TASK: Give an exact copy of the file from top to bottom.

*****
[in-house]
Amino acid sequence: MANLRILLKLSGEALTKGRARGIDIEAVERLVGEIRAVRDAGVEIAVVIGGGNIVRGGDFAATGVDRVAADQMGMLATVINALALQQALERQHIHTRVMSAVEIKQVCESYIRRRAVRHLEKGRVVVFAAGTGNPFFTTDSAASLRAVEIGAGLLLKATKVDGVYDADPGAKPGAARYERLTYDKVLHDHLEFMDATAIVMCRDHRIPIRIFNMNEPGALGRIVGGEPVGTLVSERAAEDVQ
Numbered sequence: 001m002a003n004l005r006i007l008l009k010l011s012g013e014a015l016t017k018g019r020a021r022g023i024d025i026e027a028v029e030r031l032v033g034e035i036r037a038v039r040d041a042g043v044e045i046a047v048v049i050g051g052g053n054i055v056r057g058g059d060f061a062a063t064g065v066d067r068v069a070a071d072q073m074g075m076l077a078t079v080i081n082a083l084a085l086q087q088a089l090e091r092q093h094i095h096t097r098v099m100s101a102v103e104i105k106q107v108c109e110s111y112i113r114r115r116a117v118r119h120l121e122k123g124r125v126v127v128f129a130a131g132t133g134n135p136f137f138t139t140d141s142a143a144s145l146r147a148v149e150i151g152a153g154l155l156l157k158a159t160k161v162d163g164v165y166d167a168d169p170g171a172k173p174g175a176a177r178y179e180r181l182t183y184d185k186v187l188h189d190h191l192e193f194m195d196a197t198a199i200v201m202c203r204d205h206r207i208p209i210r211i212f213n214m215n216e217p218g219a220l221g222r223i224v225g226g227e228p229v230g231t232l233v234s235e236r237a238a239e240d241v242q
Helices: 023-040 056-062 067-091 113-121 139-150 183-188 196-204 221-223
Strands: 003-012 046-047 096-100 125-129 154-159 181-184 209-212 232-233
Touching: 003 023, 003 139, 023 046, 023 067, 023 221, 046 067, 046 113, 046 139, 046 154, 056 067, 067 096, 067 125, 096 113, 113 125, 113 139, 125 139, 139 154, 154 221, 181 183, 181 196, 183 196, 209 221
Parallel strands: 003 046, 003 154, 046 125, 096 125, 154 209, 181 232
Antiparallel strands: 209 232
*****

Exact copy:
[in-house]
Amino acid sequence: MANLRILLKLSGEALTKGRARGIDIEAVERLVGEIRAVRDAGVEIAVVIGGGNIVRGGDFAATGVDRVAADQMGMLATVINALALQQALERQHIHTRVMSAVEIKQVCESYIRRRAVRHLEKGRVVVFAAGTGNPFFTTDSAASLRAVEIGAGLLLKATKVDGVYDADPGAKPGAARYERLTYDKVLHDHLEFMDATAIVMCRDHRIPIRIFNMNEPGALGRIVGGEPVGTLVSERAAEDVQ
Numbered sequence: 001m002a003n004l005r006i007l008l009k010l011s012g013e014a015l016t017k018g019r020a021r022g023i024d025i026e027a028v029e030r031l032v033g034e035i036r037a038v039r040d041a042g043v044e045i046a047v048v049i050g051g052g053n054i055v056r057g058g059d060f061a062a063t064g065v066d067r068v069a070a071d072q073m074g075m076l077a078t079v080i081n082a083l084a085l086q087q088a089l090e091r092q093h094i095h096t097r098v099m100s101a102v103e104i105k106q107v108c109e110s111y112i113r114r115r116a117v118r119h120l121e122k123g124r125v126v127v128f129a130a131g132t133g134n135p136f137f138t139t140d141s142a143a144s145l146r147a148v149e150i151g152a153g154l155l156l157k158a159t160k161v162d163g164v165y166d167a168d169p170g171a172k173p174g175a176a177r178y179e180r181l182t183y184d185k186v187l188h189d190h191l192e193f194m195d196a197t198a199i200v201m202c203r204d205h206r207i208p209i210r211i212f213n214m215n216e217p218g219a220l221g222r223i224v225g226g227e228p229v230g231t232l233v234s235e236r237a238a239e240d241v242q
Helices: 023-040 056-062 067-091 113-121 139-150 183-188 196-204 221-223
Strands: 003-012 046-047 096-100 125-129 154-159 181-184 209-212 232-233
Touching: 003 023, 003 139, 023 046, 023 067, 023 221, 046 067, 046 113, 046 139, 046 154, 056 067, 067 096, 067 125, 096 113, 113 125, 113 139, 125 139, 139 154, 154 221, 181 183, 181 196, 183 196, 209 221
Parallel strands: 003 046, 003 154, 046 125, 096 125, 154 209, 181 232
Antiparallel strands: 209 232